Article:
Sleep Disorders | Sleep Review
It’s no secret that jet lag and night shift work can wreak havoc on how our body’s clock synchronizes our daily wake-sleep cycle, known as the circadian rhythm, but now researchers say they have come a step closer to understanding how our brain works are behavioral rhythms that are optimized for daily and not nightly life.
In a new study published Nov. 30 in the journal eLife, researchers reported recording and modeling the electrical activity of circadian clock neurons in a diurnal species – the four-lined grass mouse Rhabdomys pumilio.
To date, brain recording studies in nocturnal species have mainly been used to gain an understanding of the mammalian master circadian clock – located in the hypothalamic suprachiasmatic nucleus (SCN) of the brain, where nearly 20,000 neurons synchronize with the light-dark cycle via electrical signals Orchestrate rhythms in our physiology and behavior.
Researchers say the study is an advancement in further exploring the relationship between circadian rhythms and human health, including the relationship between daytime light exposure and circadian sleep disorders.
“Almost everything we know about the brain’s circadian clock comes from studies on nocturnal rodents such as rats and mice, which makes it difficult to transfer this knowledge to human circadian rhythms,” said Casey Diekman, co-author of the study and a mathematical biologist at New Jersey Institute of Technology, according to a press release. “This work is the first to describe the intricate electrical landscape of the SCN in a diurnal mammal, and it shows remarkable differences from nocturnal animals that can be important in adapting clock neuron function to the specific biological requirements of a diurnal species.”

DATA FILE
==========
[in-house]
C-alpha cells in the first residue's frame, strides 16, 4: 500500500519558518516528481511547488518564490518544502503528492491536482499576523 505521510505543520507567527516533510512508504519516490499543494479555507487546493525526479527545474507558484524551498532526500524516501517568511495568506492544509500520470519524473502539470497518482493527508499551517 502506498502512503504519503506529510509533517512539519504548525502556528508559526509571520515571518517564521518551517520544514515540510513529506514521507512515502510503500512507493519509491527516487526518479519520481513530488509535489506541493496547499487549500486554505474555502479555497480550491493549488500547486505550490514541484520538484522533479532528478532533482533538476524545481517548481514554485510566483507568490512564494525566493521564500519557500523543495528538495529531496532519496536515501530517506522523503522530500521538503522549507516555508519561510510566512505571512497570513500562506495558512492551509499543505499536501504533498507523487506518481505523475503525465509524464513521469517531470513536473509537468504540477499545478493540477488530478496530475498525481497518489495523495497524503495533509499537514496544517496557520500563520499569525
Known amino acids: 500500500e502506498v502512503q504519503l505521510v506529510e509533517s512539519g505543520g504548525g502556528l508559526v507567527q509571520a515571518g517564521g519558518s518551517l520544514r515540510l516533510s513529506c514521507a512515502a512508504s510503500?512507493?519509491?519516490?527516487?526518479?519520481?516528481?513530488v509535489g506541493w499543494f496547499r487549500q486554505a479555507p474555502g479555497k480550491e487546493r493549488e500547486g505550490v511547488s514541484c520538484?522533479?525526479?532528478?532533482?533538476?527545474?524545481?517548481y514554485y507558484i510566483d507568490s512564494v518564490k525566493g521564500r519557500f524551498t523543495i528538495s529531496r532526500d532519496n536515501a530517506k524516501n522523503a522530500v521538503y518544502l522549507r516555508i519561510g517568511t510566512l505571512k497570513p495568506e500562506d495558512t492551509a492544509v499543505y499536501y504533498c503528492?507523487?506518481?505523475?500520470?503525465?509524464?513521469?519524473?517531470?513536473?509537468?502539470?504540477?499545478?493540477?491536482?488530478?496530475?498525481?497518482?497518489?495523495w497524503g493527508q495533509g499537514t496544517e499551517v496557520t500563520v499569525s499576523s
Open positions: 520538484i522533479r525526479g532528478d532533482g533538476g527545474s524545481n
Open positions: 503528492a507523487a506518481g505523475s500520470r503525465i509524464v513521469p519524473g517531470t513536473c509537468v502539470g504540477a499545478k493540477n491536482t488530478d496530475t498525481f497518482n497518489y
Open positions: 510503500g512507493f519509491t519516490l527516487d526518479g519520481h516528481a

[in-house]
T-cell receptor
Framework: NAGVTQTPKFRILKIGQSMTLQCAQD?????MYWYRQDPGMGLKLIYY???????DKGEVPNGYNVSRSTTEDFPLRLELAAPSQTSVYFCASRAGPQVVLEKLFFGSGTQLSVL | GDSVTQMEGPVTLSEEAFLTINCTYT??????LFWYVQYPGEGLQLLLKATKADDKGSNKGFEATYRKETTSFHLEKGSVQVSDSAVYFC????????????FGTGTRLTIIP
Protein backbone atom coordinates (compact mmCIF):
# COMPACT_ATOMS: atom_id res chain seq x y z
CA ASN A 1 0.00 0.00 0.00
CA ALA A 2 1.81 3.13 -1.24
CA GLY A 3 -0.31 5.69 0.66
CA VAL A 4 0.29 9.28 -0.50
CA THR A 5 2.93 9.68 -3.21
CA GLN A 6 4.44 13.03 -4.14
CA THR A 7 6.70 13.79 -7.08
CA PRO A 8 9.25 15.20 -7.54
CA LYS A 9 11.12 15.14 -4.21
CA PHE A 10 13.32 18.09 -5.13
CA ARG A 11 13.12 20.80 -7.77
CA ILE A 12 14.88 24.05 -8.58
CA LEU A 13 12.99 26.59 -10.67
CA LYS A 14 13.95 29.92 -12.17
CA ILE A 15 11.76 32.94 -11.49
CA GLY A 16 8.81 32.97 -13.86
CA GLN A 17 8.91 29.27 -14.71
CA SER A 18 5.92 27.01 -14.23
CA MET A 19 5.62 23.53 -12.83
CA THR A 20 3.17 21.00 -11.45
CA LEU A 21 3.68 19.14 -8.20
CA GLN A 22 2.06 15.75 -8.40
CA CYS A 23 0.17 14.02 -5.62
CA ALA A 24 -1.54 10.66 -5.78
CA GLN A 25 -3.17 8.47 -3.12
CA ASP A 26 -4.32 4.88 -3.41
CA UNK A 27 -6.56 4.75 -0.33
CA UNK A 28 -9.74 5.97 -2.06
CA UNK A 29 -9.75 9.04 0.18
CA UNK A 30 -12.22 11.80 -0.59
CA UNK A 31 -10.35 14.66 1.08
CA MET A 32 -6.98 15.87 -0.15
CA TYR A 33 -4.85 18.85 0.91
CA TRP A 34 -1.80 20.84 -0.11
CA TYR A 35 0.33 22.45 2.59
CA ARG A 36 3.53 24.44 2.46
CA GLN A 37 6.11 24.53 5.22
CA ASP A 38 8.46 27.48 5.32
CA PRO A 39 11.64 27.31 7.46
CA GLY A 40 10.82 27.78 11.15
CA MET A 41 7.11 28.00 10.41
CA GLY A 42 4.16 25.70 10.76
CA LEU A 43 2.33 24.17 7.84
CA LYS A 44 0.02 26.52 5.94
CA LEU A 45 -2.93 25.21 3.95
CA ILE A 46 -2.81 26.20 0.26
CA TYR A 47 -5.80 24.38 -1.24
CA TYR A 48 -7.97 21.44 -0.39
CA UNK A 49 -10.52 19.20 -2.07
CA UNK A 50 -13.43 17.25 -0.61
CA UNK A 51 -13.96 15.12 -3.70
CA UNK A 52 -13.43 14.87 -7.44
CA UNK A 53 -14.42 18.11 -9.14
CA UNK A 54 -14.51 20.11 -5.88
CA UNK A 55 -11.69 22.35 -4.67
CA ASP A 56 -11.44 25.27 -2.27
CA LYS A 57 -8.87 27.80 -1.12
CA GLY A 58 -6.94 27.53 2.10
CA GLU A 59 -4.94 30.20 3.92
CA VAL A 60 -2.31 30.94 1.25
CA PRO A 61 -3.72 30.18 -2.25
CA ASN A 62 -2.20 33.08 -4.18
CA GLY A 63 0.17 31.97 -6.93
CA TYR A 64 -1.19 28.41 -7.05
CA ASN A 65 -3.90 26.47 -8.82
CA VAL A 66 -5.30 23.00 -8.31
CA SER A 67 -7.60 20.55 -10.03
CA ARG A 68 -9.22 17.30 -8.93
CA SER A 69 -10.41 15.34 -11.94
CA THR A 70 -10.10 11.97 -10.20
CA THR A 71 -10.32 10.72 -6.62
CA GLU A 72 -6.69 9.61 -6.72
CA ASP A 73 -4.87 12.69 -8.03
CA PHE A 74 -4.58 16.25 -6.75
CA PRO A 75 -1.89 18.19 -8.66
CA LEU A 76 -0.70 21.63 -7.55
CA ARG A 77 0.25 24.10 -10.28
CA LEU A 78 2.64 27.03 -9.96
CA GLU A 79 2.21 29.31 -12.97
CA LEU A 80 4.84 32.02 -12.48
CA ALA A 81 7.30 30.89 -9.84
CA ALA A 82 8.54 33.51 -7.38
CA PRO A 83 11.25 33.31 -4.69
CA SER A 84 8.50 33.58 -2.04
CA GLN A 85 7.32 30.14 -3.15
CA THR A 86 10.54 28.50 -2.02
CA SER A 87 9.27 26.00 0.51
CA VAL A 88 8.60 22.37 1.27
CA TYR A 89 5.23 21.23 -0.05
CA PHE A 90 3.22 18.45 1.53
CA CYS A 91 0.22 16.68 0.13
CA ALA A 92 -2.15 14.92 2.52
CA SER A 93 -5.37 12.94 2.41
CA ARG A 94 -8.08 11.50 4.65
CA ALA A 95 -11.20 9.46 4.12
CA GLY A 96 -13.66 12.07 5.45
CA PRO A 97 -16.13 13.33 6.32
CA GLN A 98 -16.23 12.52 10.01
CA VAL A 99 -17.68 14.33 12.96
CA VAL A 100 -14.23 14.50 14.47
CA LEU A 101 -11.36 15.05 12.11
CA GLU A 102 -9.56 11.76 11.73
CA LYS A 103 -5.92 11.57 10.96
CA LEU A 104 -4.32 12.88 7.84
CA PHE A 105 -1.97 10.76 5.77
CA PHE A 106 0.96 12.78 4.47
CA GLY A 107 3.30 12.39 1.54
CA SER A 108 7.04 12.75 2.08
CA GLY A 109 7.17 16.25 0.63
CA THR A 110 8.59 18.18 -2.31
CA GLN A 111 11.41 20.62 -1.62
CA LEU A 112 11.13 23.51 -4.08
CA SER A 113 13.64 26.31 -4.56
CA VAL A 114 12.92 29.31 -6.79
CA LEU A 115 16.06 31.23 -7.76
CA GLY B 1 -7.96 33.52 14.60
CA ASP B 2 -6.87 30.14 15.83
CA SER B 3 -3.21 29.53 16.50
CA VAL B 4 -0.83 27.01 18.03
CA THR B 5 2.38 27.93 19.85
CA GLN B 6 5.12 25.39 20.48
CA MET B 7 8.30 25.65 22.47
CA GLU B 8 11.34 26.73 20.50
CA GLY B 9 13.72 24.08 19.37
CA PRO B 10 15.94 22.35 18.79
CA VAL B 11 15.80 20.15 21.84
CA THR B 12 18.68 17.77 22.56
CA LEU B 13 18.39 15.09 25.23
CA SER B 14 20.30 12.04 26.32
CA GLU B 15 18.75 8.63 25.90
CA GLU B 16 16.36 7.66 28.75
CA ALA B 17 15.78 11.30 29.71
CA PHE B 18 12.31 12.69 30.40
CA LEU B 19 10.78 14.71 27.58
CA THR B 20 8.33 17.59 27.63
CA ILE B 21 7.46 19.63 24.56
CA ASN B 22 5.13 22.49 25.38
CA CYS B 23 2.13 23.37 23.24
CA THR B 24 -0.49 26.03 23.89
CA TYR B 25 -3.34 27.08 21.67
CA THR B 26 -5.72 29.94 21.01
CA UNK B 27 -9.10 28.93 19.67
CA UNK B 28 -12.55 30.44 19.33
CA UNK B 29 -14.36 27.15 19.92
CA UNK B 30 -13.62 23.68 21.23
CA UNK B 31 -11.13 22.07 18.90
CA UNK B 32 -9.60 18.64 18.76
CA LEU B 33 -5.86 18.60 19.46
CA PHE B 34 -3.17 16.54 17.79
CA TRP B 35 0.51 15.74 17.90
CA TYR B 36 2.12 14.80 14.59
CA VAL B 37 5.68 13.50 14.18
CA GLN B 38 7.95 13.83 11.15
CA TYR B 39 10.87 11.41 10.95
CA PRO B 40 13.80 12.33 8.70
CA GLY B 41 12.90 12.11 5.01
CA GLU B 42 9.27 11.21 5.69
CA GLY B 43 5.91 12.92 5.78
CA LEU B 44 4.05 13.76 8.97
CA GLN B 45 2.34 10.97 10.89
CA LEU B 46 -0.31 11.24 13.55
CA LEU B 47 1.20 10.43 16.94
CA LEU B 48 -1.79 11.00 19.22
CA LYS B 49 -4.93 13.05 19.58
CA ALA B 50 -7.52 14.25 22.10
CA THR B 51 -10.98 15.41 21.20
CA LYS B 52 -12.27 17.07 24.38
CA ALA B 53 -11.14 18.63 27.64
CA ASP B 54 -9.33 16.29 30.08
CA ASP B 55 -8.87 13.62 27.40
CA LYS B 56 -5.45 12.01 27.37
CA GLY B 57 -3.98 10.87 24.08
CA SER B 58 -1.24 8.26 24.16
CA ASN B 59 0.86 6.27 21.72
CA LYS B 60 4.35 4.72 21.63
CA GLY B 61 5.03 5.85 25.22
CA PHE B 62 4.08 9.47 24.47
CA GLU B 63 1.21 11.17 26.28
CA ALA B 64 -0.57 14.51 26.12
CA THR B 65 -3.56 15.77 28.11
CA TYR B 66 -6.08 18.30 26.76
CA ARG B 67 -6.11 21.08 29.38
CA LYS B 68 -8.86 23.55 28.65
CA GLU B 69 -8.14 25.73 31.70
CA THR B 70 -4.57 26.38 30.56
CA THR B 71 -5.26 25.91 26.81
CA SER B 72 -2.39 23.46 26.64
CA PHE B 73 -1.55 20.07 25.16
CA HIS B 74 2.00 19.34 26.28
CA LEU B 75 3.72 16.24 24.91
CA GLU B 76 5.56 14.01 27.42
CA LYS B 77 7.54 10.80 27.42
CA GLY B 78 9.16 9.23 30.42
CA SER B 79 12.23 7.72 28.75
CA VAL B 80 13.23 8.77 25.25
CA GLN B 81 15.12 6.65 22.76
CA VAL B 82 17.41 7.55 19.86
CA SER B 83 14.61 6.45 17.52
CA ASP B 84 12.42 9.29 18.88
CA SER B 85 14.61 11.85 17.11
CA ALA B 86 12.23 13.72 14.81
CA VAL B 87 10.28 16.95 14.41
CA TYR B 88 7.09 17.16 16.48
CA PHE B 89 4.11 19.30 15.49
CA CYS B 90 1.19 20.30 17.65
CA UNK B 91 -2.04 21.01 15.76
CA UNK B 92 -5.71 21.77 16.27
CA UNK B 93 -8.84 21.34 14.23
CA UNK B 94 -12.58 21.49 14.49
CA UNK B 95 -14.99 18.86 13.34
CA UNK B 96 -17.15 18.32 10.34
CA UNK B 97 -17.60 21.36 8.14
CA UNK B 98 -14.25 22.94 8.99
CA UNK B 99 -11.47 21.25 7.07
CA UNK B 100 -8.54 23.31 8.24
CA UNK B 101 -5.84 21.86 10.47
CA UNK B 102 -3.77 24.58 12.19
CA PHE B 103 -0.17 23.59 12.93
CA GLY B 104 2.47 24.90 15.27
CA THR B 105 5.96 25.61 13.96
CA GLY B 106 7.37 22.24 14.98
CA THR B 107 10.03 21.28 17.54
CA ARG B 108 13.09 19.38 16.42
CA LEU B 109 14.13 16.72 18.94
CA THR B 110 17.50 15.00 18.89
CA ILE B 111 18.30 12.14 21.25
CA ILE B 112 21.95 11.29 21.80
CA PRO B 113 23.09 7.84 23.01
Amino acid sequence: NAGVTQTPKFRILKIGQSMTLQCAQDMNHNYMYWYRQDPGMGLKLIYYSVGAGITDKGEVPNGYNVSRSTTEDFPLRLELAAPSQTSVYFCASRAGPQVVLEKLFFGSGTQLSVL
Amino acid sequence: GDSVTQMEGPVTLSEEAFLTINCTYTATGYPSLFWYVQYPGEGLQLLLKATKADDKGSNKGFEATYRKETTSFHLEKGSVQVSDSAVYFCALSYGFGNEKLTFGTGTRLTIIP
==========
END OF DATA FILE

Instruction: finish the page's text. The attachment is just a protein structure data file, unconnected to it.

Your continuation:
“We found that the overall day / night pattern of SCN neuron activity in the diurnal rodent R. pumilio resembles the pattern previously observed in nocturnal species,” says Beatriz Bano-Otalora, co-first author of the study and a biologist , who works with the laboratories of Robert Lucas and Timothy Brown at the University of Manchester, in a statement. “We also found unique features in the behavior of R. pumilio’s SCN neurons that had never been seen before in nocturnal species.”
The team found that R. pumilio’s SCN neurons, like nocturnal rodents, fired spontaneously at a faster rate during the day than at night. This day / night rhythm of the rate of fire is the main signal that the SCN sends to the rest of the brain to tell the time of day.
“However, when we injected currents to inhibit these neurons, some cells showed a pronounced delay before firing again after the inhibition was lifted,” said Mino Belle, co-author of the study and a biologist at the University of Exeter. “This delay reaction is not present in the SCN of nocturnal rodents and can influence how R. pumilio clock neurons react to input received from other cells.”
To find out more, the team combined the voltage curves recorded by the rodent’s brain with a newly developed data assimilation algorithm. They created computer models that simulate the complex interaction of voltage-gated ion channels that create action potentials. The simulations showed that an increased conductivity of a certain ion channel, the transient A-potassium channel, was responsible for the delay reaction.
“The improved conductivity of this potassium channel indicated by our models could be beneficial for a diurnal species,” said Matthew Moye, co-first author of the study, a postdoctoral fellow at Merck & Co. who developed the team’s data assimilation algorithms as a PhD student at the Institute for Mathematical Sciences of the NJIT. “Vigilance leads to inhibitory behavioral feedback signals to the SCN, which in nocturnal animals helps to keep the SCN fire rates low at night. In diurnal animals this nocturnal inhibitory feedback is not present, so improved A-conductivity may be required to silence the SCN at night and to maintain the entire day / night ignition pattern. “
The team’s research follows separate results from Diekman and colleagues at Northwestern University, recently on the 15th signals at the cellular level. Diekman says the same data assimilation method developed to study R. pumilio neurons was used to build mathematical models from traces of tension in the fruit fly Drosophila melanogaster that ultimately show how Tango10 gene mutations contribute to circadian rhythms.
“Now that we have this powerful tool for extracting information from voltage waveforms, we hope to continue working with electrophysiology laboratories and applying data assimilation to records not only from neurons in the circadian clock but also from neurons associated with neurodegenerative diseases such as Alzheimer’s and Huntington’s, ”Diekman said.